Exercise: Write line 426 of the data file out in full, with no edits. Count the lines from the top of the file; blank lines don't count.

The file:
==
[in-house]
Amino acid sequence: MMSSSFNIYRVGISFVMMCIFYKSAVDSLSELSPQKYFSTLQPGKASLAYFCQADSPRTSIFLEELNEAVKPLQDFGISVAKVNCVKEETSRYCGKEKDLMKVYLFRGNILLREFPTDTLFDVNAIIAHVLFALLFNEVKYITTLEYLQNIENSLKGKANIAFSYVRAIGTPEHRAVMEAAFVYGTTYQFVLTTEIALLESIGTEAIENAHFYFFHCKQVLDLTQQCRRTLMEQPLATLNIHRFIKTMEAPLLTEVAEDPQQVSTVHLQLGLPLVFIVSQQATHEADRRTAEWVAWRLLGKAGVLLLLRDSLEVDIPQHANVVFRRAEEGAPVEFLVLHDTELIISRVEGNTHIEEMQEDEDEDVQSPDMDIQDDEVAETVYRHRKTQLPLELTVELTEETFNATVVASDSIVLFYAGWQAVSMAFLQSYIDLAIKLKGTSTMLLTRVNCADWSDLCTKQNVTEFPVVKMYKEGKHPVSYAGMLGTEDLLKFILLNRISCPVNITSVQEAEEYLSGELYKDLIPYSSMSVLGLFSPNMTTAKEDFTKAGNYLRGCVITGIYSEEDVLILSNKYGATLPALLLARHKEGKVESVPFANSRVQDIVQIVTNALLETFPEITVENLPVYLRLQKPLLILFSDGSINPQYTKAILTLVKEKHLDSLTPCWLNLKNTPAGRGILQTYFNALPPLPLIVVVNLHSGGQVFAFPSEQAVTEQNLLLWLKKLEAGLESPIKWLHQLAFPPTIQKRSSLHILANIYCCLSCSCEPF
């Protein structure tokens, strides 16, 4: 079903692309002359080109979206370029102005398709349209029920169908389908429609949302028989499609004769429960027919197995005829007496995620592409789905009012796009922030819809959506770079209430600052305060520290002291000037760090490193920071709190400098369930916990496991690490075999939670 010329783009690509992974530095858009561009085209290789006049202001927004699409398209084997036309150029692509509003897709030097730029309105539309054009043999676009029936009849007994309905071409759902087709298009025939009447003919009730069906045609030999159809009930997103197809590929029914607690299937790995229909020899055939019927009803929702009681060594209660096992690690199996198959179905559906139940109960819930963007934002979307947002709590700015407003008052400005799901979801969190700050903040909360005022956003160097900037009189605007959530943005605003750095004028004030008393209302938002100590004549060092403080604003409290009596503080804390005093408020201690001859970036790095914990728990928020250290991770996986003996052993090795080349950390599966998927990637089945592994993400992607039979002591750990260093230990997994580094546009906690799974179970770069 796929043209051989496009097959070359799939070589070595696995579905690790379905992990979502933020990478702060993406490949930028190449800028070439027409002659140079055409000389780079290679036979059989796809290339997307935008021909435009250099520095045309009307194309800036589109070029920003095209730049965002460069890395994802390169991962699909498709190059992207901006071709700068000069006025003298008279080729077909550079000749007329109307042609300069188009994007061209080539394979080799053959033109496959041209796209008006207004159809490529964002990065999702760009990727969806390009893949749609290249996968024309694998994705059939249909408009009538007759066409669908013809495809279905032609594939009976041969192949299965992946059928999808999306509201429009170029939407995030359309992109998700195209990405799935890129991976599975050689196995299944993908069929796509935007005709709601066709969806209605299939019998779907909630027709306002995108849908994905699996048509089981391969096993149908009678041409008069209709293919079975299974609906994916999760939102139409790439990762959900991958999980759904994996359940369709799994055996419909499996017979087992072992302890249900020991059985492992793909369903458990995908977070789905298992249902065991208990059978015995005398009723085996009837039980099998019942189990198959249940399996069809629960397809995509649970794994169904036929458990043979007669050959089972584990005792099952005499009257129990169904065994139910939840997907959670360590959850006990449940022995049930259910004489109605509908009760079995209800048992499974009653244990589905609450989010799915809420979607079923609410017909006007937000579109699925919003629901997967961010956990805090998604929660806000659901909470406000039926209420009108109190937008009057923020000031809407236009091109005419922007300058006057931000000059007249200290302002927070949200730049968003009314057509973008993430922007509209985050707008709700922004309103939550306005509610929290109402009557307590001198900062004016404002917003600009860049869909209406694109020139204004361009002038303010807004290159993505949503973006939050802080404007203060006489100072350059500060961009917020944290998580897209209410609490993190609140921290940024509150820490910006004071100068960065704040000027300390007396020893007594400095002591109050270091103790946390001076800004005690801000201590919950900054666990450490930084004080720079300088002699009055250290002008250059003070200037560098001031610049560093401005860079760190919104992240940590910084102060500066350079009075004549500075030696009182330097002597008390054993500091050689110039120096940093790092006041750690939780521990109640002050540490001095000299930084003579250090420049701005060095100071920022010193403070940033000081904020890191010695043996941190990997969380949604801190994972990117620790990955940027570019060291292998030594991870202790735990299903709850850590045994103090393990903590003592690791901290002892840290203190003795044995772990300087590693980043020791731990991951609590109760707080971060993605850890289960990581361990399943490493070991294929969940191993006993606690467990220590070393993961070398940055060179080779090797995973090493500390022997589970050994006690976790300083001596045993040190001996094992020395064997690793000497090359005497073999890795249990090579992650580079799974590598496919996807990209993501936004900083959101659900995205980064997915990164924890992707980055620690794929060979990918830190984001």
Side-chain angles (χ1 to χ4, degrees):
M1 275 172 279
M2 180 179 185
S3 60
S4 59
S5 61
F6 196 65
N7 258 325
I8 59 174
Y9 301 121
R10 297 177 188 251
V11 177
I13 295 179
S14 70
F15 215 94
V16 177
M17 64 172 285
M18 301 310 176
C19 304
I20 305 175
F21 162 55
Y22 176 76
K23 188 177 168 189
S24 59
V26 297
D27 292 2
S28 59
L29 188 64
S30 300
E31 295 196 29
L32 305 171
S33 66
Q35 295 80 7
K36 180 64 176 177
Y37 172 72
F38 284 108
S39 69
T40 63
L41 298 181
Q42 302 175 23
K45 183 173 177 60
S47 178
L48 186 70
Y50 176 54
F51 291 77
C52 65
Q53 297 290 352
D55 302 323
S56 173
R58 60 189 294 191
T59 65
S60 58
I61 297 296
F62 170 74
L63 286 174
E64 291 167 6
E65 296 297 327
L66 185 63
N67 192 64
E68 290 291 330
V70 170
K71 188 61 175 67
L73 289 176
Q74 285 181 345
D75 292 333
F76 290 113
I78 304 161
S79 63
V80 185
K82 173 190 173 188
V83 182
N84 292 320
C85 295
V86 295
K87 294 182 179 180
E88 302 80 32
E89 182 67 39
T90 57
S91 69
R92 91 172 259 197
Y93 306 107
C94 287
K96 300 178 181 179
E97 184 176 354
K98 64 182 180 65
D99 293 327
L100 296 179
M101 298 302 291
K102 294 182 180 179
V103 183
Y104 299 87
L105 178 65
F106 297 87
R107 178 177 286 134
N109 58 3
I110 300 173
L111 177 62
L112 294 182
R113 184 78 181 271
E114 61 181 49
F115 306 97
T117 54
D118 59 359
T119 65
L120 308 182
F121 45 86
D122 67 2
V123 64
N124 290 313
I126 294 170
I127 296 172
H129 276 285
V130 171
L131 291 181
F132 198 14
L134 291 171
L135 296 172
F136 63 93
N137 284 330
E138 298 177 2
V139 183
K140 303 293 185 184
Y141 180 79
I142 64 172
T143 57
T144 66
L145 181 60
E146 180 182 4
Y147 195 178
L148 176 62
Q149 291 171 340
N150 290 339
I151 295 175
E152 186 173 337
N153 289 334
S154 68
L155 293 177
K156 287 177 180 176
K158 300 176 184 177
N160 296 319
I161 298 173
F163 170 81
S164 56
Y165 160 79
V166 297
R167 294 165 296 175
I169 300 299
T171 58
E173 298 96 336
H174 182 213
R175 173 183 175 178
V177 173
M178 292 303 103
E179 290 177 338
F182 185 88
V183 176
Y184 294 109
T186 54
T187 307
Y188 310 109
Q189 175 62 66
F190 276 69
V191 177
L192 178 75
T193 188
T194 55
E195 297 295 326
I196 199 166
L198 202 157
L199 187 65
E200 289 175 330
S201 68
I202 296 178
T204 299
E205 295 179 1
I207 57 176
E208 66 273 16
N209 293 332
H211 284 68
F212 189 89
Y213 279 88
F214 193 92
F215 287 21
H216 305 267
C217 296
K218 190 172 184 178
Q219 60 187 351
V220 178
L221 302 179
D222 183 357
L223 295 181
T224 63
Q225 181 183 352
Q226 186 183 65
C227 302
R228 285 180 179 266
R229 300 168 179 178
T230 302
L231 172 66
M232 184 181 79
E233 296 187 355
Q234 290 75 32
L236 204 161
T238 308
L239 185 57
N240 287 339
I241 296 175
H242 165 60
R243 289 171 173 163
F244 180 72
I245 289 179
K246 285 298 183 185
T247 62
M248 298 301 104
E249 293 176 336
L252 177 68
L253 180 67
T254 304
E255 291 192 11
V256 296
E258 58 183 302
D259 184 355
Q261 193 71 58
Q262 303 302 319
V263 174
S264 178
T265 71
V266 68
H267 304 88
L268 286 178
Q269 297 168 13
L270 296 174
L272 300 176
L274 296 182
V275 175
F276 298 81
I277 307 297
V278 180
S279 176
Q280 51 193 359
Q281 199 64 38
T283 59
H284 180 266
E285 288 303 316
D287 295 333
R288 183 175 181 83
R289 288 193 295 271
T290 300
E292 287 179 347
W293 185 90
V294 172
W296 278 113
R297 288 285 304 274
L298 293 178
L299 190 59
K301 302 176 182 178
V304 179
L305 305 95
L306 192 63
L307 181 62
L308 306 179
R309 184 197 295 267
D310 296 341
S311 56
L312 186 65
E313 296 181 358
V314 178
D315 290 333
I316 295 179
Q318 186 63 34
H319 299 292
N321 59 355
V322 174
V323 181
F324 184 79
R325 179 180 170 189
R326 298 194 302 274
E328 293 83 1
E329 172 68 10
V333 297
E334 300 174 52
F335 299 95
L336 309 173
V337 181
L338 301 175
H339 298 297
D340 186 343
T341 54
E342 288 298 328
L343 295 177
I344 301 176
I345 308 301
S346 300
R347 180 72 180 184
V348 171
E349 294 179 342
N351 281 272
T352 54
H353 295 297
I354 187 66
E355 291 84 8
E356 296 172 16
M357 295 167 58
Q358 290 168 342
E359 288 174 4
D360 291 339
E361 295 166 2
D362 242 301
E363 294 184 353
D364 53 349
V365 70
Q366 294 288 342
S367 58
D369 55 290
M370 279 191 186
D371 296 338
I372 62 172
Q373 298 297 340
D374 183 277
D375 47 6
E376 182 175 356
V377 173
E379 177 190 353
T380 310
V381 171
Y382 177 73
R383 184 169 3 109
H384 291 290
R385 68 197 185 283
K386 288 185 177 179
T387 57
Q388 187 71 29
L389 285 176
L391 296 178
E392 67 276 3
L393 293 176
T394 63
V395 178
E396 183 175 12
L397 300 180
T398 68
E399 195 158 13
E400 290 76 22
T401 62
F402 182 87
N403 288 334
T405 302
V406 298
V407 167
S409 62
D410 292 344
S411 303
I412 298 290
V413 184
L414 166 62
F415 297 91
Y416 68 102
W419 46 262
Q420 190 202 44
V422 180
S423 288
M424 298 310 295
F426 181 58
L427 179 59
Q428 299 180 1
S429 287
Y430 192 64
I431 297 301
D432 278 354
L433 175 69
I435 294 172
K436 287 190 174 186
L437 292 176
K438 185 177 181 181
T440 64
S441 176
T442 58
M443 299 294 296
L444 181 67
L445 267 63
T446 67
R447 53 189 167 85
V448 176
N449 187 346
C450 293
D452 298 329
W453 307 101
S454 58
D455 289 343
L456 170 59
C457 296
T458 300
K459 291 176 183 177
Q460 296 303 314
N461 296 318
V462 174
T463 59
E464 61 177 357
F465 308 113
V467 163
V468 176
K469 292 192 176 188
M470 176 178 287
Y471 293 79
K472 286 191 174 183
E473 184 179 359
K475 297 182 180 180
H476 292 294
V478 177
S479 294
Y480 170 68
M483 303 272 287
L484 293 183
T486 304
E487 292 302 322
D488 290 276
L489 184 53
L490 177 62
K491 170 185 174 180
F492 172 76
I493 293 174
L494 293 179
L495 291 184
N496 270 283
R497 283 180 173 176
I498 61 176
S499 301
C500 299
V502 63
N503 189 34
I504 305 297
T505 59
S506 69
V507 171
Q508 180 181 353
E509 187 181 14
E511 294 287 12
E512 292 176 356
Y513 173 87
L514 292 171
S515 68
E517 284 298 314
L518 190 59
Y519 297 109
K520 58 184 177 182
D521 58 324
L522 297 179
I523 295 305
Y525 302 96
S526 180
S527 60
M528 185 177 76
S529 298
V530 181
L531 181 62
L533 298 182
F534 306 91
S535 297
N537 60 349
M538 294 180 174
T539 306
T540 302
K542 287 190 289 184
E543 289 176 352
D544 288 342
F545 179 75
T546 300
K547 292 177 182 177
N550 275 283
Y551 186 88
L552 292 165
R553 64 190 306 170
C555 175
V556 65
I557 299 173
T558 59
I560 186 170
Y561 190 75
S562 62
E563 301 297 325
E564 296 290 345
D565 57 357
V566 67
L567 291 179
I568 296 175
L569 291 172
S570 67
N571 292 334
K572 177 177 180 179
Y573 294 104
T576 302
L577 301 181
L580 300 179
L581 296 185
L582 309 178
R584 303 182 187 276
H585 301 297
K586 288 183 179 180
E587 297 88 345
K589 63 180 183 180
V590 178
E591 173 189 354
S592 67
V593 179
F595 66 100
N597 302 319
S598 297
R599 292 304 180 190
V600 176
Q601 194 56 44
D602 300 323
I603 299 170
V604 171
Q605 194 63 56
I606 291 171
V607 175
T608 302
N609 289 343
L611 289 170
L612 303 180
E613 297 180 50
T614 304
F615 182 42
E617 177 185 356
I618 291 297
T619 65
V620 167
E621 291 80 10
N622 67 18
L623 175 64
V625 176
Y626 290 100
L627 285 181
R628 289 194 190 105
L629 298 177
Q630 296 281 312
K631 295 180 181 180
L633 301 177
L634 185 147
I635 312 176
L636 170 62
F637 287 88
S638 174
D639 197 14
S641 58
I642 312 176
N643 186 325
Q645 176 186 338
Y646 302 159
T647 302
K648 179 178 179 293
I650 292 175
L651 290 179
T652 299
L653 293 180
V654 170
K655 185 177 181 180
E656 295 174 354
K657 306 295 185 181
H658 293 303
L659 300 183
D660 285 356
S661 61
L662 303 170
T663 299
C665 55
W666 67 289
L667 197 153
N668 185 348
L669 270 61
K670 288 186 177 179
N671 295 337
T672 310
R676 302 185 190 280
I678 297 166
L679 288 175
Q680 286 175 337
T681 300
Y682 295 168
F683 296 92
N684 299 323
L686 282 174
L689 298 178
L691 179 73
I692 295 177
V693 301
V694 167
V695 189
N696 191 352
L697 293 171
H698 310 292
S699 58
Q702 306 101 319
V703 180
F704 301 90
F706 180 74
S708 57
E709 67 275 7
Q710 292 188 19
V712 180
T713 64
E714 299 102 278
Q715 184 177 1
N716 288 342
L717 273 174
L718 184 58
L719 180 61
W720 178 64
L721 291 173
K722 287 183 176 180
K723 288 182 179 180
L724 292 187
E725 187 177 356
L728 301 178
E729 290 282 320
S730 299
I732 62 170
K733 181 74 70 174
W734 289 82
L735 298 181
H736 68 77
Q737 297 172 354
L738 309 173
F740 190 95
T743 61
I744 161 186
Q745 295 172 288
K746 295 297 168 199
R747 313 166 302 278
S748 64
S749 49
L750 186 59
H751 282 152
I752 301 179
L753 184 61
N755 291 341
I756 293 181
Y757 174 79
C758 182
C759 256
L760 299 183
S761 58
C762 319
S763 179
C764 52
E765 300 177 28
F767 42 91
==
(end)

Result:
L495 291 184